Thursday, April 24, 2014

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Austin woman on death row granted new trial in infant slaying

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After spending 17 years on death row, an Austin woman convicted of slaying a three-month-old boy has been granted a new trial.

Cathy Lynn Henderson, now 55, was sentenced to death for the 1994 capital murder of Brandon Baugh in Pflugerville, whose skull was bashed while she was babysitting him. The infant’s body was found stuffed in a wine cooler carton and buried in a field outside Temple, about 50 miles north of Henderson's home.

Now, according to an opinion by The Court of Criminal Appeals of Texas, six expert witnesses presented by Henderson’s lawyers reveal new “developments in the science of biomechanics.” Their testimony supports Henderson’s claim the child fell accidentally onto concrete.

The medical examiner at Henderson’s original trial told the court Brandon’s fall being accidental was impossible. The examiner now believes "there is no way to determine with a reasonable degree of medical certainty” that the child’s injuries were intentional, according to the court’s opinion.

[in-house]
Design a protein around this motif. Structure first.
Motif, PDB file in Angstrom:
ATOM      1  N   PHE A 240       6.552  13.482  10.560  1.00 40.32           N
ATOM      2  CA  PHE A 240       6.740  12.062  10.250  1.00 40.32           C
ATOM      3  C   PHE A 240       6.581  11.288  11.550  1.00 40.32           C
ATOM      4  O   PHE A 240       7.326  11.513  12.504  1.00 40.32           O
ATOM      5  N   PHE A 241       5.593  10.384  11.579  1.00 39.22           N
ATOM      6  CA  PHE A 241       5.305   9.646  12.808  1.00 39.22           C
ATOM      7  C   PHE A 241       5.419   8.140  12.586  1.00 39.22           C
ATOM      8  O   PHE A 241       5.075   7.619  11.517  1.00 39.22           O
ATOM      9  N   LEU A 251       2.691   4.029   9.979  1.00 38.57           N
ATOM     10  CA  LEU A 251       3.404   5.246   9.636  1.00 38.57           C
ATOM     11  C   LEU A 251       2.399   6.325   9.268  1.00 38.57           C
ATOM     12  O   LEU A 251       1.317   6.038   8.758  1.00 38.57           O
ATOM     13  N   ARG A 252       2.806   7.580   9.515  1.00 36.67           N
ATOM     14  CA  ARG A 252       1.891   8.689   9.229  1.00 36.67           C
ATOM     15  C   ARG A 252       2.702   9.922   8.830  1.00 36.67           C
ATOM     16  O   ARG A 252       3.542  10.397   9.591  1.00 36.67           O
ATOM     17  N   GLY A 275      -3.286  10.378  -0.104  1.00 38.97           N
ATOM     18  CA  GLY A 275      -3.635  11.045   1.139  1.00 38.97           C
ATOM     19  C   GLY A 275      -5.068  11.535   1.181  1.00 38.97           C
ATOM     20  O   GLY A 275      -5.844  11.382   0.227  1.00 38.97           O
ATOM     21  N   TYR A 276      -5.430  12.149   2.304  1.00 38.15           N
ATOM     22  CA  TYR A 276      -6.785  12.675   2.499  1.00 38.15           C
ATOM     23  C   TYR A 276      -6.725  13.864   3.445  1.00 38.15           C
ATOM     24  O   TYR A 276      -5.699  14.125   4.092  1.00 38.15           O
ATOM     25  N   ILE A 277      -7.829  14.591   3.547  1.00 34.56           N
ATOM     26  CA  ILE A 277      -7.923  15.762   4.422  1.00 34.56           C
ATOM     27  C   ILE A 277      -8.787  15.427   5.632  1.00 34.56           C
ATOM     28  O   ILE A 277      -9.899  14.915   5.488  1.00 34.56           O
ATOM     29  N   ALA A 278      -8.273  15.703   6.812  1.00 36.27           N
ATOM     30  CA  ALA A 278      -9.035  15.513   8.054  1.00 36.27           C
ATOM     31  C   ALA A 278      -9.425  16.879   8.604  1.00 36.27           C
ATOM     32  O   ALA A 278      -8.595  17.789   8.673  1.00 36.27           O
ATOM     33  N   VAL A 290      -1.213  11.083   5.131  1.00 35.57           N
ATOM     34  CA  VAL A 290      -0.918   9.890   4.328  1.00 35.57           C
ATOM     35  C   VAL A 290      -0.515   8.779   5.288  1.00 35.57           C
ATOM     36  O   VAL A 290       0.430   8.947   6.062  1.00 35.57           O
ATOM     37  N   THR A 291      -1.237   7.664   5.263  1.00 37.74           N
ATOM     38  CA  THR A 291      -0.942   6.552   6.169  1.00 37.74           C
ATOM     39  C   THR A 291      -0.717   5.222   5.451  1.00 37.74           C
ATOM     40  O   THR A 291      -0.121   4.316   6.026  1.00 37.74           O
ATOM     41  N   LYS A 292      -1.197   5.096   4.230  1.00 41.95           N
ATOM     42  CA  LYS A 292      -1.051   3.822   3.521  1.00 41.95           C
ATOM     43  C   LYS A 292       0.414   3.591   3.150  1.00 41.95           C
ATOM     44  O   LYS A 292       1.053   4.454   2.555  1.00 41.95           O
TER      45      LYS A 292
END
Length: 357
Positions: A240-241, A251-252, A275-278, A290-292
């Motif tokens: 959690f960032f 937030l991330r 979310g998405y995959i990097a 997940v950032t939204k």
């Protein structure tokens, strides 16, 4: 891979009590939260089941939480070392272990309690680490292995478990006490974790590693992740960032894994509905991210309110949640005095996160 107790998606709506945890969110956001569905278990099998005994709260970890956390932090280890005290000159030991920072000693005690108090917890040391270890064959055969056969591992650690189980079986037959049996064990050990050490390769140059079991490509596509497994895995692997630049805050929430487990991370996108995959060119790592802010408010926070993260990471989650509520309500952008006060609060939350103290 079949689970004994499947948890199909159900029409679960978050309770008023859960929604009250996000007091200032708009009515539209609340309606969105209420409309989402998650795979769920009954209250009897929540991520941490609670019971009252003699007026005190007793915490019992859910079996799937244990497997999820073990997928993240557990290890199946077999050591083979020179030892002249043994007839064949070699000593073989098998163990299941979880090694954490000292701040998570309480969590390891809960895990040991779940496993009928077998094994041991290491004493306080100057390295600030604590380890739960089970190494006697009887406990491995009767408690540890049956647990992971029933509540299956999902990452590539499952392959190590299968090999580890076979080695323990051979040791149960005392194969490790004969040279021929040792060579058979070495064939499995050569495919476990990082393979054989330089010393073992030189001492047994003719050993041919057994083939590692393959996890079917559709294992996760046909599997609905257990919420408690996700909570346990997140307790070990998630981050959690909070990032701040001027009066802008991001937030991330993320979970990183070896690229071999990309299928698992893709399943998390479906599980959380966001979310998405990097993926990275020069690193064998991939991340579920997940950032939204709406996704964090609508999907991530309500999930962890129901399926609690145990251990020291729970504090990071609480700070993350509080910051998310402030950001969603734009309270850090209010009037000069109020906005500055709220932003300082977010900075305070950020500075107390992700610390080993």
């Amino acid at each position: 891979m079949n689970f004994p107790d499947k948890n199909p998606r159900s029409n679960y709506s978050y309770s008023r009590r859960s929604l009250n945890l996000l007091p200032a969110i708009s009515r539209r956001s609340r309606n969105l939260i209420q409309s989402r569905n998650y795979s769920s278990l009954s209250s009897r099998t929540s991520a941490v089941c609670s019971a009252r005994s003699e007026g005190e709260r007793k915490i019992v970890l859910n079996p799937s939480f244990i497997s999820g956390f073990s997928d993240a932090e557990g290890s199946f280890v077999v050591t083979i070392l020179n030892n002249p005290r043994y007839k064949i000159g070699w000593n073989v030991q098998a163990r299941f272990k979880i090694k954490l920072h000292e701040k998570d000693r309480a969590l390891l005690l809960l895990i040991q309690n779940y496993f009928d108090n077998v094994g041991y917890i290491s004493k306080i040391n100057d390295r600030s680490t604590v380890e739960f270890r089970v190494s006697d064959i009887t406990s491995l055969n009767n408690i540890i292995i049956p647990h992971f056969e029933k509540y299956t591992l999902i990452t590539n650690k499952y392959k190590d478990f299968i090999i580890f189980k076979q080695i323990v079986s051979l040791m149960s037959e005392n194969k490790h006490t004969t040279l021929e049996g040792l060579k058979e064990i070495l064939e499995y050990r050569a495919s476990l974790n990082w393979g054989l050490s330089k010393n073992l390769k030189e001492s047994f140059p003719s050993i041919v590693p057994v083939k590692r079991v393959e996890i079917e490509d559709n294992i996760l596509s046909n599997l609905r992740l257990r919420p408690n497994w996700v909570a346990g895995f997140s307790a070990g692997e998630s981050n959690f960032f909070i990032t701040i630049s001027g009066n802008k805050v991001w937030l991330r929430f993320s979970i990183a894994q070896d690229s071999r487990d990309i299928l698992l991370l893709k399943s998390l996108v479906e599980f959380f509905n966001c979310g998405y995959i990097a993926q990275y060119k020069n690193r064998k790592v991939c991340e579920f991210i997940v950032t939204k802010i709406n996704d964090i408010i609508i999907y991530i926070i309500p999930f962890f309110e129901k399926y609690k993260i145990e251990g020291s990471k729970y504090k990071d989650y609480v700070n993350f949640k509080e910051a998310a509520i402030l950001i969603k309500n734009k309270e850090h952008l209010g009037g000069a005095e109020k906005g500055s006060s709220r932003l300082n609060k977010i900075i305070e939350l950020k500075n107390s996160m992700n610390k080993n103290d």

The medical examiner’s doubts first came to surface shortly before Henderson’s scheduled execution in the summer of 2007. A court order issued that year by now retired Senior District Judge Jon Wisser indicated the 1995 medical expert witness testimony was being questioned based upon "new scientific developments," which subsequently reprieved her execution.

After Brandon's death, Henderson was arrested in Independence, Mo., where she tried to assume a new identity after leaving her own children in the care of a relative in Bell County. Henderson claimed she fled in a panic.

Travis County District Attorney Rosemary Lehmberg issued the following statement:

A material State's witness at Henderson's trial, the Medical Examiner, has changed his opinion about the cause of Brandon's death.

I believe justice requires that a new jury hear the case, which was the position I took with the appellate court. We will try the case again.

I will review all the evidence at the trial and at the subsequent hearings to determine whether the State will again seek the death penalty.

Some information was compiled from past wire reports from The Associated Press.

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